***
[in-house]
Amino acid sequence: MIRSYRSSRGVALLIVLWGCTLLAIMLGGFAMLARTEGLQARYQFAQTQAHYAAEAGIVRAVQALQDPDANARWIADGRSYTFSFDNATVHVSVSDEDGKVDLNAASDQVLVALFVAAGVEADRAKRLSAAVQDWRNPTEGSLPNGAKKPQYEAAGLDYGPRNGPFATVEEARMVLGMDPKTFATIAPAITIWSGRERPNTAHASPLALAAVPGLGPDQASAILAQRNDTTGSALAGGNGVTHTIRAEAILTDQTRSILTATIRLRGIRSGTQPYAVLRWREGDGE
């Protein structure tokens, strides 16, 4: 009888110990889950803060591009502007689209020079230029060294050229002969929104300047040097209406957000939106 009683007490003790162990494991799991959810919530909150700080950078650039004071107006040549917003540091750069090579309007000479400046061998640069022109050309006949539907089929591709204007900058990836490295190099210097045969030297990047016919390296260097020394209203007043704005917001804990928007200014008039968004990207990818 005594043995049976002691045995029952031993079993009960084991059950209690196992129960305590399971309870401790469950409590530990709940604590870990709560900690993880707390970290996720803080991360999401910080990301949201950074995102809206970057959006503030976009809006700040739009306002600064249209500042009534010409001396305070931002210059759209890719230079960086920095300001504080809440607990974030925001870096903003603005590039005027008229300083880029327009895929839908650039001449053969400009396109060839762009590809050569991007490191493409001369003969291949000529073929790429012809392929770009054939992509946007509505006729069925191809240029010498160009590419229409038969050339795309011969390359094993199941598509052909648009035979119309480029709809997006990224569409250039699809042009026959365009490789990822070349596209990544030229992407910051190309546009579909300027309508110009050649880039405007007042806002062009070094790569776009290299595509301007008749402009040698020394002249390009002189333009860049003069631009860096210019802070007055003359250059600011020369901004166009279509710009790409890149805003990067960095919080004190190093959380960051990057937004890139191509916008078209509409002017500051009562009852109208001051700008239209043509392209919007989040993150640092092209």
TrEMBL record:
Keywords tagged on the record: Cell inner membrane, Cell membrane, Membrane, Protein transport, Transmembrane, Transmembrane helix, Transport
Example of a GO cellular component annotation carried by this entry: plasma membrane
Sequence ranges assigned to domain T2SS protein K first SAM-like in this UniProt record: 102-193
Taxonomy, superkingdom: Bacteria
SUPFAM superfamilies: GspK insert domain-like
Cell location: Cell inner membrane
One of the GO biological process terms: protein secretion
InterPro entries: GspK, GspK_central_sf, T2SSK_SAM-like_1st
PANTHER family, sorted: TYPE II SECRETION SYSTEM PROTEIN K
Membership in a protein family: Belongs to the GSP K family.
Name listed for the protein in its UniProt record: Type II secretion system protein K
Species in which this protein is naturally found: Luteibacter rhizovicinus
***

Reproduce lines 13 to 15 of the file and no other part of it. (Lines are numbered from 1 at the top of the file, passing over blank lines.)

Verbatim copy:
PANTHER family, sorted: TYPE II SECRETION SYSTEM PROTEIN K
Membership in a protein family: Belongs to the GSP K family.
Name listed for the protein in its UniProt record: Type II secretion system protein K